Gender disparities in property rights threaten natural resource management. Rights to property increase women's status and bargaining power within household and community and provide them with greater incentives to adopt sustainable farming practices and invest in natural resource management. Perhaps it needs no mention that insecurity of tenure tends to discourage women from investing time and resources in sustainable farm practices. This is specially true of agro-forestry resources where there is a lag between investment and return.

Mother and child
Raising a woman's status dramatically improves health, longevity, and productivity of her children. In South Asia and Sub-Saharan Africa, increases in women's status has been proven to have a strong influence on the nutritional status of their children. According to IFPRI research, equalizing gender status in South Asia would reduce the rate of underweight children under age three by approximately 12 percentage points, meaning that 13.4 million fewer children would face malnourishment in this age group alone. The same in Sub-Saharan Africa would reduce child malnutrition by 3 percentage points.

Deterring disease
The social and economic status of women is one of the most important factors affecting the spread of HIV and the ability of households and communities to withstand its impact. HIV/AIDS severely threatens agricultural production and food security as it adversely affects major classes of assets. The disease is also undermining natural capital, particularly in the case of women who may be forced to leave their husband's village upon his death and who often do not have control over land and other assets used jointly.

Guaranteeing women's property and inheritance rights has a two-pronged effect on HIV/AIDS: (a) it can help prevent the spread of the disease by promoting women's economic security and empowerment and thereby reducing their vulnerability, and (b) by enabling them to be a better care-taker of the victims.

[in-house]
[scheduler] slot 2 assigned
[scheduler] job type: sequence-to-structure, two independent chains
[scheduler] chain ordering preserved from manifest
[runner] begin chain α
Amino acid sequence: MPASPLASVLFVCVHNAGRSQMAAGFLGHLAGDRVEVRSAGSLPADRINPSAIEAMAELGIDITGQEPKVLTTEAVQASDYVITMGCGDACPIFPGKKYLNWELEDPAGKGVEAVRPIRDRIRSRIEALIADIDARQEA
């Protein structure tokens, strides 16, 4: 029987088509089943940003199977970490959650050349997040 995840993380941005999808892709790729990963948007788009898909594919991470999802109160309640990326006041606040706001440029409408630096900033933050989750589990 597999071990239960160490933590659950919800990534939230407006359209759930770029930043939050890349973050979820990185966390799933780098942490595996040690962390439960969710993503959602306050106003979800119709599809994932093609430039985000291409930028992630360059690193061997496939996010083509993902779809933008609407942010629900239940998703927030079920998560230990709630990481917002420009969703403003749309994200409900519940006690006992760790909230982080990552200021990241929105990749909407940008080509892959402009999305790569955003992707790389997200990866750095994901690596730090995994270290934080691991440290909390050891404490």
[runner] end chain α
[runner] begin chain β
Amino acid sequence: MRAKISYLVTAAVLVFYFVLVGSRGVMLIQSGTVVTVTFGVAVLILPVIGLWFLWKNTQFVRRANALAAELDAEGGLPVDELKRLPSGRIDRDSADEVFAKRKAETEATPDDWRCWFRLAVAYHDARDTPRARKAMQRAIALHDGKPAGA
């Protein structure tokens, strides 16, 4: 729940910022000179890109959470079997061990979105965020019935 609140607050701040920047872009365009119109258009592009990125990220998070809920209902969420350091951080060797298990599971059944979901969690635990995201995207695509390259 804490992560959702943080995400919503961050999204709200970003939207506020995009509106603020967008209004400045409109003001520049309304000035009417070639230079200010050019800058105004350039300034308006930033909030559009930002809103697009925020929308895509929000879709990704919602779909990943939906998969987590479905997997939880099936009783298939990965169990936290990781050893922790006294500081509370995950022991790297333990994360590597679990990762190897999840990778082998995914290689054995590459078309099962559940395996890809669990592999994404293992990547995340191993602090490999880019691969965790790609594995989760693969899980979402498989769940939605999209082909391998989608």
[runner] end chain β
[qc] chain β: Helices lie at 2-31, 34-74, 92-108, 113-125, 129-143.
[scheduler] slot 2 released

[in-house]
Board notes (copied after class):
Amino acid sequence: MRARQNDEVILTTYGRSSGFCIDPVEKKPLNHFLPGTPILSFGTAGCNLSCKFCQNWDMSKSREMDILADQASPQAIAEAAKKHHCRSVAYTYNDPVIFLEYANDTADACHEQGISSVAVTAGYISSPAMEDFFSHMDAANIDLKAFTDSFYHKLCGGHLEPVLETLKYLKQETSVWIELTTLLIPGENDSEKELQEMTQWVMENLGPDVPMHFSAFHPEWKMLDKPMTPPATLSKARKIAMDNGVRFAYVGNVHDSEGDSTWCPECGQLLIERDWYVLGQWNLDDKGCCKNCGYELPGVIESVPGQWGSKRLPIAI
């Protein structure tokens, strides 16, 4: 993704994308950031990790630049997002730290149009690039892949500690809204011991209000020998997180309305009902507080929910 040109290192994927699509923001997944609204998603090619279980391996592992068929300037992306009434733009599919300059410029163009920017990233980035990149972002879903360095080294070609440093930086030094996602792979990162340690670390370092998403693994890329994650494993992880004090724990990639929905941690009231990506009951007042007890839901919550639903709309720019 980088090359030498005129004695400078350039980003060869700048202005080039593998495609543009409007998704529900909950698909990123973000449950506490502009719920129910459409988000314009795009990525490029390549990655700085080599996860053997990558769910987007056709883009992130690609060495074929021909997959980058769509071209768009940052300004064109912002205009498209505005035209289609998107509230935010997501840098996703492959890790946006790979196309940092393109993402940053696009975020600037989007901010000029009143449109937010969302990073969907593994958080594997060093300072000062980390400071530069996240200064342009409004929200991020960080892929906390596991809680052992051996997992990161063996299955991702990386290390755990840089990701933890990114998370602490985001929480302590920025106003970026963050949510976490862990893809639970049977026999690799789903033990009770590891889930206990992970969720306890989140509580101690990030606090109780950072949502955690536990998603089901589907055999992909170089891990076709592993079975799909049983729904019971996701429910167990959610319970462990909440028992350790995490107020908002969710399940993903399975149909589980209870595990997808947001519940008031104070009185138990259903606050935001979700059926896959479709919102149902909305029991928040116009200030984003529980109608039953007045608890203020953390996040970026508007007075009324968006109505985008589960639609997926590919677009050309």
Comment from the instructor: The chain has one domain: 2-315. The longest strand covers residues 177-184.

The key recommendations that arise from the IFPRI research perennially point at women's empowerment. That would obviously need changes in policies that eradicate gender disparities, proactively promote catch-up for women, and engage women directly in their implementation.

The first and foremost candidate for a close look is the legal and institutional barriers that tend to distort a level playing field. Change is needed in property rights laws to allow women to hold individual or joint title on land. Second, increasing the access of women to resources would make a powerful contribution to food and nutritional security of households, especially of the vulnerable members like children. Third, women should be allowed to actively engage themselves in the development process, project design, and implementation.

One effective way of securing women's participation is through networks and group-based programs. These groups might enable them to harness the potentials of a relatively non-homogeneous female population with due disaggregation. And finally, turning words into actions. While political commitments for the emancipation of women are in abundance, the actions of translating words into deeds tend to remain short of expectations. To win over their woes, women must play a positive role in national development and necessary arrangements should be made to facilitate the process.

Abdul Bayes is a Professor of Economics at Jahangirnagar University.